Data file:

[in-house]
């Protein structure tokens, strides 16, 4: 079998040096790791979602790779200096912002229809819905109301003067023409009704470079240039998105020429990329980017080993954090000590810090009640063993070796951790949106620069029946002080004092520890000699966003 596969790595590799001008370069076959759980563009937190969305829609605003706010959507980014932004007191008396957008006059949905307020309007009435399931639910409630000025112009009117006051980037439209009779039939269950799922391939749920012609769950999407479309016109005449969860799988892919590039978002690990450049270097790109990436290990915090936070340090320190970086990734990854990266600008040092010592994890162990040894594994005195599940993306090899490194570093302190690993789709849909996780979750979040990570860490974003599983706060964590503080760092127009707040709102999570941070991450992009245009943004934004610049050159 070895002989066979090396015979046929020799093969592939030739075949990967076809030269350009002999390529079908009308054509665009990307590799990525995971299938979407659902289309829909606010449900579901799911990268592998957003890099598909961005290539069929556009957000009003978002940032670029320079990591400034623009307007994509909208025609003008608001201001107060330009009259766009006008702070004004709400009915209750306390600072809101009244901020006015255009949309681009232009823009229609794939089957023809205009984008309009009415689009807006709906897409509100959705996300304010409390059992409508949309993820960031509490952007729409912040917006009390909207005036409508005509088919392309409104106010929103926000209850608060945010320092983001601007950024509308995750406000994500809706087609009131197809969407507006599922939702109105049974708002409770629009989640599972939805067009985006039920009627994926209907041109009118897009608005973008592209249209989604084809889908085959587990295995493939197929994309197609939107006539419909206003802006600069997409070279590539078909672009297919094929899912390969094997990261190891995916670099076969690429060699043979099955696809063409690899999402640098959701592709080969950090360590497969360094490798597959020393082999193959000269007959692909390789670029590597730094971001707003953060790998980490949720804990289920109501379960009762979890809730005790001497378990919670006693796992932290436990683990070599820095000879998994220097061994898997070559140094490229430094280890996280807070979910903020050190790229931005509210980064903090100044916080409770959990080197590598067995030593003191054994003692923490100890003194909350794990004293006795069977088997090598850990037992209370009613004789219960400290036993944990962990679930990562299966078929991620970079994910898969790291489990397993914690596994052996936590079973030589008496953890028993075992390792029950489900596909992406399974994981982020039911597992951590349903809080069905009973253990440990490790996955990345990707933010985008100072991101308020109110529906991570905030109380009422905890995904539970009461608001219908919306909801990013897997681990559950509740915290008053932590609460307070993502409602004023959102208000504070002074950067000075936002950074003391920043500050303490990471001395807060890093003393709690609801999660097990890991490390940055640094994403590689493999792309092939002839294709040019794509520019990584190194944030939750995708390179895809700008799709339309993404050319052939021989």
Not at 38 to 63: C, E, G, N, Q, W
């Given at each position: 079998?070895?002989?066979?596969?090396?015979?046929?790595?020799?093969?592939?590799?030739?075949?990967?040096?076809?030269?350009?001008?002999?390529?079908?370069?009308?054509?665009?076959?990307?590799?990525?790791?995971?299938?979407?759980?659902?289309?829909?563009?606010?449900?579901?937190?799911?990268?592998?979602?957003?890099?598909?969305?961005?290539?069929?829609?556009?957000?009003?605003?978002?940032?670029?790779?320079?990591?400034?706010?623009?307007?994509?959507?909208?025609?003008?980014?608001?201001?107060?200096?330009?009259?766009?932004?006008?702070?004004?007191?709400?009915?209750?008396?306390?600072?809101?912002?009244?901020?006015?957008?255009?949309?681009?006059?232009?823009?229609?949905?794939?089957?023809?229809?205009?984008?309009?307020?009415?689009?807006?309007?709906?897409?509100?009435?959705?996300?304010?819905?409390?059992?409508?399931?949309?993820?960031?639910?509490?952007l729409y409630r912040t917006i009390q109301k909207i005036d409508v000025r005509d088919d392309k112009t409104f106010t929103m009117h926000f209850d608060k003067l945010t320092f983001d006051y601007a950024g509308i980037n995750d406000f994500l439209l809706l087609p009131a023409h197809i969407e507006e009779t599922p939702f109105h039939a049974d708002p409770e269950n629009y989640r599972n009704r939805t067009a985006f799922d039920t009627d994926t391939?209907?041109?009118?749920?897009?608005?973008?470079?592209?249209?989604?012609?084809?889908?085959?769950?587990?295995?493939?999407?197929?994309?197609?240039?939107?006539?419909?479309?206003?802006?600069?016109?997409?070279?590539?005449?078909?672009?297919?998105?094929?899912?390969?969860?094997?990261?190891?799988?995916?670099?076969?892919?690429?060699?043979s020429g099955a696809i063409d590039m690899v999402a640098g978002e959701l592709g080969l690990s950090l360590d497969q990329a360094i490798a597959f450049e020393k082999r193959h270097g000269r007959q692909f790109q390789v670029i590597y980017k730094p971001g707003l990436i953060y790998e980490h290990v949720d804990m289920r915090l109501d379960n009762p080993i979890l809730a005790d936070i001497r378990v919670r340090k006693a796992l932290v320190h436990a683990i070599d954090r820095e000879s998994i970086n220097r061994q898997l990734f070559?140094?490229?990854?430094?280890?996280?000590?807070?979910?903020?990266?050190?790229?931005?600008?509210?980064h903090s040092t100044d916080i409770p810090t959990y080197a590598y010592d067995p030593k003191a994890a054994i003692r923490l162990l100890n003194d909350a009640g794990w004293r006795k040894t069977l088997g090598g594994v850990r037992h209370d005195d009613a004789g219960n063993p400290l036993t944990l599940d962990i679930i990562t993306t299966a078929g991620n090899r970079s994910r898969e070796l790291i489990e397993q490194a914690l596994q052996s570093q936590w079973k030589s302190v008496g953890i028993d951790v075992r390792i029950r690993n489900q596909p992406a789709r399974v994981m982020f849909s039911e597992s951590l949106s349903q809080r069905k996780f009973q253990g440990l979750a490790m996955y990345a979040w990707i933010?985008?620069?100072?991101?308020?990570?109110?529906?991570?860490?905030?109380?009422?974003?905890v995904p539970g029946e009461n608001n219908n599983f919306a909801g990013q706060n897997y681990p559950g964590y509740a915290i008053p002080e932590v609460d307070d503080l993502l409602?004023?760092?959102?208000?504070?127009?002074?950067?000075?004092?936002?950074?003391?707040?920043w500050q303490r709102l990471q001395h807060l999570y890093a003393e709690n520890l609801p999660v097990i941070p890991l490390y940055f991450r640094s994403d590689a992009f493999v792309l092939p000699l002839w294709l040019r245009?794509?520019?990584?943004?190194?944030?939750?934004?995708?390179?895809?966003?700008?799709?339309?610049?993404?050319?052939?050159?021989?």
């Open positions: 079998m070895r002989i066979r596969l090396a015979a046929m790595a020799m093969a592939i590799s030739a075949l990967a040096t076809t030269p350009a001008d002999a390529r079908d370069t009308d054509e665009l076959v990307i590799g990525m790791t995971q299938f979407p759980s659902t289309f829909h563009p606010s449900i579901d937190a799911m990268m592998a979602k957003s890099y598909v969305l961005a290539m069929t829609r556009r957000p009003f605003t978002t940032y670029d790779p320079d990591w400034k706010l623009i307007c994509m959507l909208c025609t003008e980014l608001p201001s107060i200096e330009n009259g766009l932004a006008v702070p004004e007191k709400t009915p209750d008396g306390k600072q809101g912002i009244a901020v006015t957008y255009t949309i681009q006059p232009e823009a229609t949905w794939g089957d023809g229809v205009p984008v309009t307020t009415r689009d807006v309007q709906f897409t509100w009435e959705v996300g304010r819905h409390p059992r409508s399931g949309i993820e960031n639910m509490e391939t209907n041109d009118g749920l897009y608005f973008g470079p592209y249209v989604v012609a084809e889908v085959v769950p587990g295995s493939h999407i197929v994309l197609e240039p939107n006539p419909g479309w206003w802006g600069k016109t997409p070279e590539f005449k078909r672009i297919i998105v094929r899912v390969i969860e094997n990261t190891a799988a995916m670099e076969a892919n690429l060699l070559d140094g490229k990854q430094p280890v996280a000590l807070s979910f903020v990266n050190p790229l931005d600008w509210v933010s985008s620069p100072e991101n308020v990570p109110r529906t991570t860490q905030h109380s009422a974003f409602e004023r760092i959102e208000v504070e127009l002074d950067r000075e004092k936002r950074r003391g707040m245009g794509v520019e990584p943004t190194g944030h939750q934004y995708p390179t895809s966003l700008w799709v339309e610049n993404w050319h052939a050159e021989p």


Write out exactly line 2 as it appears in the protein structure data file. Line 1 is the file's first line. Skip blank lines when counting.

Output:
């Protein structure tokens, strides 16, 4: 079998040096790791979602790779200096912002229809819905109301003067023409009704470079240039998105020429990329980017080993954090000590810090009640063993070796951790949106620069029946002080004092520890000699966003 596969790595590799001008370069076959759980563009937190969305829609605003706010959507980014932004007191008396957008006059949905307020309007009435399931639910409630000025112009009117006051980037439209009779039939269950799922391939749920012609769950999407479309016109005449969860799988892919590039978002690990450049270097790109990436290990915090936070340090320190970086990734990854990266600008040092010592994890162990040894594994005195599940993306090899490194570093302190690993789709849909996780979750979040990570860490974003599983706060964590503080760092127009707040709102999570941070991450992009245009943004934004610049050159 070895002989066979090396015979046929020799093969592939030739075949990967076809030269350009002999390529079908009308054509665009990307590799990525995971299938979407659902289309829909606010449900579901799911990268592998957003890099598909961005290539069929556009957000009003978002940032670029320079990591400034623009307007994509909208025609003008608001201001107060330009009259766009006008702070004004709400009915209750306390600072809101009244901020006015255009949309681009232009823009229609794939089957023809205009984008309009009415689009807006709906897409509100959705996300304010409390059992409508949309993820960031509490952007729409912040917006009390909207005036409508005509088919392309409104106010929103926000209850608060945010320092983001601007950024509308995750406000994500809706087609009131197809969407507006599922939702109105049974708002409770629009989640599972939805067009985006039920009627994926209907041109009118897009608005973008592209249209989604084809889908085959587990295995493939197929994309197609939107006539419909206003802006600069997409070279590539078909672009297919094929899912390969094997990261190891995916670099076969690429060699043979099955696809063409690899999402640098959701592709080969950090360590497969360094490798597959020393082999193959000269007959692909390789670029590597730094971001707003953060790998980490949720804990289920109501379960009762979890809730005790001497378990919670006693796992932290436990683990070599820095000879998994220097061994898997070559140094490229430094280890996280807070979910903020050190790229931005509210980064903090100044916080409770959990080197590598067995030593003191054994003692923490100890003194909350794990004293006795069977088997090598850990037992209370009613004789219960400290036993944990962990679930990562299966078929991620970079994910898969790291489990397993914690596994052996936590079973030589008496953890028993075992390792029950489900596909992406399974994981982020039911597992951590349903809080069905009973253990440990490790996955990345990707933010985008100072991101308020109110529906991570905030109380009422905890995904539970009461608001219908919306909801990013897997681990559950509740915290008053932590609460307070993502409602004023959102208000504070002074950067000075936002950074003391920043500050303490990471001395807060890093003393709690609801999660097990890991490390940055640094994403590689493999792309092939002839294709040019794509520019990584190194944030939750995708390179895809700008799709339309993404050319052939021989």